In my last post I showed you just how scary the figures could be for trying to make games for a living. They weren't actual figures for one of my games, but they were indicative. In the comments Daniel asked what about hobby publishing - how does that compare (I paraphrase!). So here's the answer.
Just over three years ago I decided to make and sell some copies of Border Reivers, a board game I had designed over the preceding five years. With little money to throw at the effort and little faith in my ability to sell a lot of copies I chose to go down the hobby publishing route: I would make a small number of copies, largely by hand to keep costs down.
I worked out that I could make 100 copies for £1,255 plus £376 on overheads (I wasn't paying warehousing costs, or myself any salary, but there were a bunch of tools I needed to make the games. To keep costs down I ordered the wooden and plastic pieces all at once (the more you get the cheaper they are), and did the same with the printing. I got a digital printer to do all the printing for me, just onto SRA3 sheets of paper and thin card. I got them to laminate it all to to make it more durable, but I was going to do all the assembly myself. The total price was £1,631 or £16.31 per copy. To cover my costs (plus the cost of attending various conventions and setting up a website I chose to price the game at £30, less than twice the manufacturing cost. I doubted very much whether anyone would pay more than that for it, especially as the cost of shipping would be on top of that. Obviously I couldn't afford to sell to distributors or shops, so I had to hope that I could win enough people over at conventions and via the internet to cover my costs.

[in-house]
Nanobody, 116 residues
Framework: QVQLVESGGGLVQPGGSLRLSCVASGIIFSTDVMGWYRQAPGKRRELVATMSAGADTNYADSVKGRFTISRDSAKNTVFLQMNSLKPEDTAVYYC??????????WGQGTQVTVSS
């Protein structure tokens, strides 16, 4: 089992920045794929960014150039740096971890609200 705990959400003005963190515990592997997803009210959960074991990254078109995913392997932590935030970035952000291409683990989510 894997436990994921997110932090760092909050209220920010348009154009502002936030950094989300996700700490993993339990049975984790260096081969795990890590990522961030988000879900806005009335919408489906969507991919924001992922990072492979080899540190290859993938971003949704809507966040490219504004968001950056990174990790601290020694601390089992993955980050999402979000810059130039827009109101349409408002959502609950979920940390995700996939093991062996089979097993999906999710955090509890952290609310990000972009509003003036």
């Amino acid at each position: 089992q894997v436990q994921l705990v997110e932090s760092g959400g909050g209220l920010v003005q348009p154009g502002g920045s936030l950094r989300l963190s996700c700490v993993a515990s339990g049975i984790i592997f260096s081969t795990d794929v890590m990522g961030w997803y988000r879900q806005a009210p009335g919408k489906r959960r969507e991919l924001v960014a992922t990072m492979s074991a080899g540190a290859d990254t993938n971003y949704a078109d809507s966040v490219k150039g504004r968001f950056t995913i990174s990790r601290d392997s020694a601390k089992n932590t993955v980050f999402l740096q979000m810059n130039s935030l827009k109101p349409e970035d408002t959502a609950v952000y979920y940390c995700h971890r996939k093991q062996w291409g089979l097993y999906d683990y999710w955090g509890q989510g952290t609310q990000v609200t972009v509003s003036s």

With no fixed overheads (no warehousing, no salary) the time it took me to sell the copies didn't really matter - it just came down to whether or not I could. I needed to sell 55 copies to break even, which considering I had no market presence and no reputation seemed like a lot. If I did sell all 100 copies I would stand to make £3,000, or a £1,369 profit.
In the end I damaged some pieces so I only ended up making 96 out of the 100, and some of those I gave away (or kept), I made £2,600, so just under £1,000 profit. Since all those sales were within the first year I gained 60% on top of my original investment, a far better rate of interest than any other savings investment would have offered!